Deep blue sea, great big screen

Since the 2004 release of Michael Moore’s Fahrenheit 9/11, it is no longer uncommon to find documentaries gracing the screens of your local cineplex instead of moldering away on forgotten library shelves. Films like Fahrenheit 9/11 and March of the Penguins not only made it to movie theaters, but were largely successful. But the best way to watch any documentary is still on the biggest screen of all: the IMAX screen.

Deep Sea is the newest IMAX film playing at the Carnegie Science Center’s Rangos Omnimax Theater. Following another recent trend in documentary-making, Deep Sea is narrated by two highly recognizable names: Johnny Depp and Kate Winslet. The movie explores the deepest parts of the ocean to find unique undersea creatures living in their natural habitat.

Deep Sea’s ocean inhabitants are not your average hammerhead sharks or humpback whales. Instead, the movie follows some lesser known, yet incredibly impressive, ocean animals. Directed by Howard Hall and produced by Toni Myers and Michele Hall, the film is interesting from start to finish.

“Our goal is really to take you on a magical journey underwater to places that most of us have never been,” Myers stated in a press release. “Even with a large number of people who do scuba dive, lots of them have never met these characters or seen how they interact with other animals.” One of Deep Sea’s uncommon creatures is the wolf-eel, which has “a face only a mother could love,” according to Winslet’s narration. Chomping on urchins with quivering jowls, the wolf-eel looks something like a grumpy old man with a speckled white face. Viewers also meet the giant Pacific octopus, which has tentacles that can stretch up to 20 feet across and can change its color and texture to match its surroundings.

Deep Sea examines the interrelatedness of underwater life, with a focus on the predatory and symbiotic relationships between creatures. A gigantic fried egg jellyfish, named for its curious resemblance to the breakfast food, preys on smaller jellyfish by trapping them in its far-reaching tentacles. The 10-inch mantis shrimp defends itself against the octopus, its natural predator, by raising itself on its hind legs and hitting the octopus with claws as fast as a .22-caliber bullet. Green sea turtles and reef fish, however, share a much more peaceful and charming relationship. Algae accumulations on the sea turtles’ shells can slow them down, so the turtles visit reefs where fish flock to eat the algae: a “healthy vegetarian feast,” according to Depp’s narration.

The movie is visually stunning, thanks to its director, Howard Hall, who is a celebrated underwater cinematographer. In Myers’ words, Deep Sea is “a vivid illustration of the astonishing array of the diversity of life.” Wielding 1200-pound cameras, divers went to incredible lengths to find the captivating footage. The film is rife with alluring seascapes of gently swaying tube anemones (that look very much like palm trees) and multicolored coral reefs. In one of Deep Sea’s most aesthetically astounding moments, the audience sees a frenzy of electrically colorful squids attacking anything and everything — including other squids and, at one point, the camera itself. Changing color several times a second, the squids make for a dazzling light show against the background of the very dark ocean water.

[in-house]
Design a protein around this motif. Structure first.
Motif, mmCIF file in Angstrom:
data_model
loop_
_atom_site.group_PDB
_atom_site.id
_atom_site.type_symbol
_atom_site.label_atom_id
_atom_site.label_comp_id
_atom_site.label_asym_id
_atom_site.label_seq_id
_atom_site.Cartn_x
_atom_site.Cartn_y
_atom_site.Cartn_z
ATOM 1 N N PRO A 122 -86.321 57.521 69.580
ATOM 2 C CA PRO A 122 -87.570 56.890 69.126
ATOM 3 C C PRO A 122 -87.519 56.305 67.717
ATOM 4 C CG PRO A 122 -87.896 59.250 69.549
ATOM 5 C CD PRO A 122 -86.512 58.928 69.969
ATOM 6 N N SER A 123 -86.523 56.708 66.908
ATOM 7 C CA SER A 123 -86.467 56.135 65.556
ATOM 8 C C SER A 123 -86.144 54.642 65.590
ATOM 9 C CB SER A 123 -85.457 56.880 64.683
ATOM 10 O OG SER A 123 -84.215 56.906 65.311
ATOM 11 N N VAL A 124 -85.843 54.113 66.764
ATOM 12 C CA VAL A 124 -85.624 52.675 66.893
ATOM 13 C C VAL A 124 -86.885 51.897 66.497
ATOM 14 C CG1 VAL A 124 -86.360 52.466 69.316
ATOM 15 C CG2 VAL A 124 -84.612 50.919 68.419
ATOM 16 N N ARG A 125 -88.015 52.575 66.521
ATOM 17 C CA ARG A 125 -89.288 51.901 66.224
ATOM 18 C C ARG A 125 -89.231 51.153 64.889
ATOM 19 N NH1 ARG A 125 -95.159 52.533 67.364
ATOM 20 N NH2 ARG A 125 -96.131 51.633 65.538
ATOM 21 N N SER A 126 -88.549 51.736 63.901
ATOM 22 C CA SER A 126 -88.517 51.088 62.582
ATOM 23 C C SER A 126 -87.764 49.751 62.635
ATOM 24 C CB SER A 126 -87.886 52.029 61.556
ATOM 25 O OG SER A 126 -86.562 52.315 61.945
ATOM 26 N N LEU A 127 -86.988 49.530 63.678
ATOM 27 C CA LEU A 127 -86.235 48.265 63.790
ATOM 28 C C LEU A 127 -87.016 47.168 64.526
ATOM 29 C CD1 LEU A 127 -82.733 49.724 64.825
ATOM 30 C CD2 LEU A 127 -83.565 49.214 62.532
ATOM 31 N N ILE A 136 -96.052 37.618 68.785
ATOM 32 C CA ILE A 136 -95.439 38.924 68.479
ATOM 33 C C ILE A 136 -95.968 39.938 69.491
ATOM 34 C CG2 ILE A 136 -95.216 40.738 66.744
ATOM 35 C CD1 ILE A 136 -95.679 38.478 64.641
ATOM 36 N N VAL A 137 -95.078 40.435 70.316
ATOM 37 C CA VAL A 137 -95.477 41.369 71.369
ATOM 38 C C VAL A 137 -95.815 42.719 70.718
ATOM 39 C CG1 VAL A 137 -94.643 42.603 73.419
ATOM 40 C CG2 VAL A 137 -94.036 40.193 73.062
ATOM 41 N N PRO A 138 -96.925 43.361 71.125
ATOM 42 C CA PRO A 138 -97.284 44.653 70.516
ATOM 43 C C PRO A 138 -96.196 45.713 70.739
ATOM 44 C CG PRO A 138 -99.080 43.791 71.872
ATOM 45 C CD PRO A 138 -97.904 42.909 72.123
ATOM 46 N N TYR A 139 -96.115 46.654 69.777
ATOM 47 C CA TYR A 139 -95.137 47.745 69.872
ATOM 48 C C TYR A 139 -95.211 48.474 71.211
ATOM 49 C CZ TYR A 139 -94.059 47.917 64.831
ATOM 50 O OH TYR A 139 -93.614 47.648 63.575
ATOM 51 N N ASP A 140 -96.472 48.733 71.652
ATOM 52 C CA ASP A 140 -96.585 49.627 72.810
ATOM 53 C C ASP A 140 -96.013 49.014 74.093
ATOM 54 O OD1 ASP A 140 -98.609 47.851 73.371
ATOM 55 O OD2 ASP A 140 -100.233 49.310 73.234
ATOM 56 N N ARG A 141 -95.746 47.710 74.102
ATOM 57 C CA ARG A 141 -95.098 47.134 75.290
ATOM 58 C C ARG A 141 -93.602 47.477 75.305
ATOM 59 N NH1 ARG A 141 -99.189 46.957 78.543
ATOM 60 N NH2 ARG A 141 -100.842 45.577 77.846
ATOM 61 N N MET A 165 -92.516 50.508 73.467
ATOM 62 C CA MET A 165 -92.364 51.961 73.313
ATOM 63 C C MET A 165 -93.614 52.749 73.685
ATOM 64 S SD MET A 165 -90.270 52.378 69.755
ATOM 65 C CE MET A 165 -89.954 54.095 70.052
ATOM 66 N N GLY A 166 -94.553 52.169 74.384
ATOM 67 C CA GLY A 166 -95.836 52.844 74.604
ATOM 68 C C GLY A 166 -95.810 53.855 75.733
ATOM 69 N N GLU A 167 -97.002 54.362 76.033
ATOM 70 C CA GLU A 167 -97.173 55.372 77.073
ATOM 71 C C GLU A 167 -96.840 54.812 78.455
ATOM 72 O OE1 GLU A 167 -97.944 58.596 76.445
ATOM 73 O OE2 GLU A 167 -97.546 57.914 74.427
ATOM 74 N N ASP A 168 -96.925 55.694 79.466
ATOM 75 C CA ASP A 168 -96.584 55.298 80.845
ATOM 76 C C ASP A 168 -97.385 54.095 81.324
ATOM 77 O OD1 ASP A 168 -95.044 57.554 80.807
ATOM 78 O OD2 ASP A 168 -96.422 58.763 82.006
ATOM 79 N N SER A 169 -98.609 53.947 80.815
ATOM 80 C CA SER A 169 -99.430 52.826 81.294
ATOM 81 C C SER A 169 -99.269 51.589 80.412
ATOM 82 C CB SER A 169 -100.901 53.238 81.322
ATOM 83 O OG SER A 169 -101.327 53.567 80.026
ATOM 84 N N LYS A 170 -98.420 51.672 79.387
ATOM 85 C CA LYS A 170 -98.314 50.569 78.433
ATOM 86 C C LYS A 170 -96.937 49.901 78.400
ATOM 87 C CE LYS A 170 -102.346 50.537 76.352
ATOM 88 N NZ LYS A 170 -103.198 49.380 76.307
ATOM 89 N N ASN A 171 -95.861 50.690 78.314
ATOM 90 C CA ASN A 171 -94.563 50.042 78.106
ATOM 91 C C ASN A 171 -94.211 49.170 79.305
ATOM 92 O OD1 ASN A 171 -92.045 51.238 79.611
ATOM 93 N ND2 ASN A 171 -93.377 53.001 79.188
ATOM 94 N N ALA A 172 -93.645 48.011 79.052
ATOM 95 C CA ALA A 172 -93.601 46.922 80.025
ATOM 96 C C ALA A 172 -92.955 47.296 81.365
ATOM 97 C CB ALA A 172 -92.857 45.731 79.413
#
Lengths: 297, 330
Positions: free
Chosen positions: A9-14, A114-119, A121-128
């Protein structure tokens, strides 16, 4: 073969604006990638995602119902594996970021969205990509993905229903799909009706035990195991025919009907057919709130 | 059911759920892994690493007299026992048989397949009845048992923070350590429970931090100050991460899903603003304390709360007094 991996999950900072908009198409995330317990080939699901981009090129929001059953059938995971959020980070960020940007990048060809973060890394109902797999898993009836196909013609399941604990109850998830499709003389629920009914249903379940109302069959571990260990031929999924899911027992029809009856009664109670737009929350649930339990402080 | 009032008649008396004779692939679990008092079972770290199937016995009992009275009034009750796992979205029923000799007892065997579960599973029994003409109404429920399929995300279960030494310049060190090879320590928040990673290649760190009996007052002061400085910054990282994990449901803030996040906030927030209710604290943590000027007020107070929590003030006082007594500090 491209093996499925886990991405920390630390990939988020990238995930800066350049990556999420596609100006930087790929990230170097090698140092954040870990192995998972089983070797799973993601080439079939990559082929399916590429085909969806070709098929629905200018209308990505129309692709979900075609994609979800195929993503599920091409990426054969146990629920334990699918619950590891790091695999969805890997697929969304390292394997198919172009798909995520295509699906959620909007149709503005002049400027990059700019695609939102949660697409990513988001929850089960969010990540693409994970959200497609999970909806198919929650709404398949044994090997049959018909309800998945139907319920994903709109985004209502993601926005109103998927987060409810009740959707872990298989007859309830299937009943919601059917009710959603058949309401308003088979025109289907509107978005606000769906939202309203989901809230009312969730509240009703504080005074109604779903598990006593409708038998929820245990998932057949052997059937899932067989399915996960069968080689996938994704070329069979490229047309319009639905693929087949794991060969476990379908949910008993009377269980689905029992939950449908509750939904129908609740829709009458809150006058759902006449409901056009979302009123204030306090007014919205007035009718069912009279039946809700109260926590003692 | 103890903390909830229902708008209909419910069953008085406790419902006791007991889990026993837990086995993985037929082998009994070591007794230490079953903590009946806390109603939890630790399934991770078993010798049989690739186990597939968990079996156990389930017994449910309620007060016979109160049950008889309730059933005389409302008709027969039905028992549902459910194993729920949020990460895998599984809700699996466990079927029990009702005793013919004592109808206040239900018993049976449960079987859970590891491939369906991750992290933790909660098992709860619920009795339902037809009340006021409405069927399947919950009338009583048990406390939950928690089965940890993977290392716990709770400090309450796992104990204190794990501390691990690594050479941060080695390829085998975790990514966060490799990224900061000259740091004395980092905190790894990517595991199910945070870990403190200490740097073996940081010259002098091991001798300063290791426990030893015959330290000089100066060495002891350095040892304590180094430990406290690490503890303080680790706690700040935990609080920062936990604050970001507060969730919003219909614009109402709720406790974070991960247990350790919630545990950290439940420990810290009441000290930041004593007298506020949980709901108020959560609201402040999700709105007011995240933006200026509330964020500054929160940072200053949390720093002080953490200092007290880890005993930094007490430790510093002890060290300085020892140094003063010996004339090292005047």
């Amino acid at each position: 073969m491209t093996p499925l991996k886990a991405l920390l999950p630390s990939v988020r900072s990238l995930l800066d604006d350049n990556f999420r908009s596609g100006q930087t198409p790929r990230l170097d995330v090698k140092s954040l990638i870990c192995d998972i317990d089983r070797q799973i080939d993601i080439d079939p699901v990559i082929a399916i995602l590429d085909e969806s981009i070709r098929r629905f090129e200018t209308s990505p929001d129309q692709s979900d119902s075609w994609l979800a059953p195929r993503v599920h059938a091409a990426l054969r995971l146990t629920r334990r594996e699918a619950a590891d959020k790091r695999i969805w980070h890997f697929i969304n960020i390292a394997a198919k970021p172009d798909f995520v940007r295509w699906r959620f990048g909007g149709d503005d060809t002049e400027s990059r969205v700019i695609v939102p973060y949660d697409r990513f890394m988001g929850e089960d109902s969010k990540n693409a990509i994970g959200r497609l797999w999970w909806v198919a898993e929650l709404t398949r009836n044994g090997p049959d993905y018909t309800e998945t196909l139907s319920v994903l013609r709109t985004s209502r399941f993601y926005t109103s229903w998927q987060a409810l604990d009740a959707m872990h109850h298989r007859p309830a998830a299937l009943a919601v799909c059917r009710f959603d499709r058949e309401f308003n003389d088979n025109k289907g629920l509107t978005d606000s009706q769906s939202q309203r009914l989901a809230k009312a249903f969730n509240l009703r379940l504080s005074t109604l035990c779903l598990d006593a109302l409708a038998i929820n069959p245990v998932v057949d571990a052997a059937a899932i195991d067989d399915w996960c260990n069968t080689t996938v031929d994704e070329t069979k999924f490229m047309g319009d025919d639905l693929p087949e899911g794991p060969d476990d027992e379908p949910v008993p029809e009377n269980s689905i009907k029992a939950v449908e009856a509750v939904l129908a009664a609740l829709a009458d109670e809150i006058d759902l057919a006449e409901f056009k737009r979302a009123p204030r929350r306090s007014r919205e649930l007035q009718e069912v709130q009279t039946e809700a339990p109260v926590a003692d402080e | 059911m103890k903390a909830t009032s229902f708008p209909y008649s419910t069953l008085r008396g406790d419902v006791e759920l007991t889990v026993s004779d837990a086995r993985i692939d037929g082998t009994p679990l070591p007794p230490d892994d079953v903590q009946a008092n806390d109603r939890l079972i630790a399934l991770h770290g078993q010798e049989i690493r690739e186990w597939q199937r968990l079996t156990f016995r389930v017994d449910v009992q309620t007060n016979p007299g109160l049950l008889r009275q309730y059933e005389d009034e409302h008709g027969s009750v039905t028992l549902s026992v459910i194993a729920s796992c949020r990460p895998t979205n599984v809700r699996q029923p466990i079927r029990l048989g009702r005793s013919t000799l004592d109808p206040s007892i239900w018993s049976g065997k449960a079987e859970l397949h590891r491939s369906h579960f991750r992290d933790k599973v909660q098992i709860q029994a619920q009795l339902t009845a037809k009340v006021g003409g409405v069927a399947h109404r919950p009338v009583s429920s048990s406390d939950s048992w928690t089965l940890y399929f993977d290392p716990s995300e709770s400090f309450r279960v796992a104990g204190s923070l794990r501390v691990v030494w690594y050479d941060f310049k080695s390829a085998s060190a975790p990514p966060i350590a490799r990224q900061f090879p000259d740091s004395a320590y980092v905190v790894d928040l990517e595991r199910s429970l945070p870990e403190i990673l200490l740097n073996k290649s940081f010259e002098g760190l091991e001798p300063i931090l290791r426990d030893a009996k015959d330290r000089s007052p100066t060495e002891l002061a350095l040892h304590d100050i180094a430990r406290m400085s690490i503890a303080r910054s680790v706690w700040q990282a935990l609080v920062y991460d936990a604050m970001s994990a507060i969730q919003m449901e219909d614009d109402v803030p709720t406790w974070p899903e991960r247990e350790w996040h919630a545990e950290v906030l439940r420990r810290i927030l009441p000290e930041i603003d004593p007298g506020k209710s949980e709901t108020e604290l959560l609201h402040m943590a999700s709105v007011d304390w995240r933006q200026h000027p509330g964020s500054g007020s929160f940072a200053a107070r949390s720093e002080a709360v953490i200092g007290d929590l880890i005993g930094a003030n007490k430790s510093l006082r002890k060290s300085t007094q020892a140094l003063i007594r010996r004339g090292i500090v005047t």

“The filmmakers have put a number of spins on [the movie],” said Frank Mancuso, Carnegie Science Center presenter and production assistant. Deep Sea does have a bit of an agenda: to demonstrate to viewers that the ocean is a delicate habitat subject to disruption by humans. “We’re taking more from the ocean than it can give,” Depp narrates, citing alarming statistics about the number of big fish that are disappearing from the ocean due to shark-killing and over-fishing. However, the didactic tone is only a small part of the movie, which focuses more broadly on the diversity of underwater life.

The Rangos Omnimax Theater screen is an impressive four stories tall. Both the size of the screen and the theater’s 64 speakers make watching Deep Sea at the Rangos Omnimax an incredible experience. The underwater creatures are magnified on the screen and allow the audience to see even the most minute details of the deep-sea setting and inhabitants. The theater is certainly appropriate for capturing the vastness of ocean life.

Deep Sea is playing at the Carnegie Science Center until May of 2007 and is supplemented with a program called UnderSea Alive!, which educates visitors about animal adaptations. Tickets for Deep Sea cost $8 and can be purchased at the Carnegie Science Center, online at www.CarnegieScienceCenter.org, or by calling 412.237.3400. Getting to the Carnegie Science Center by bus takes about 40 minutes and requires taking the 500 inbound and transferring to the 16A outbound.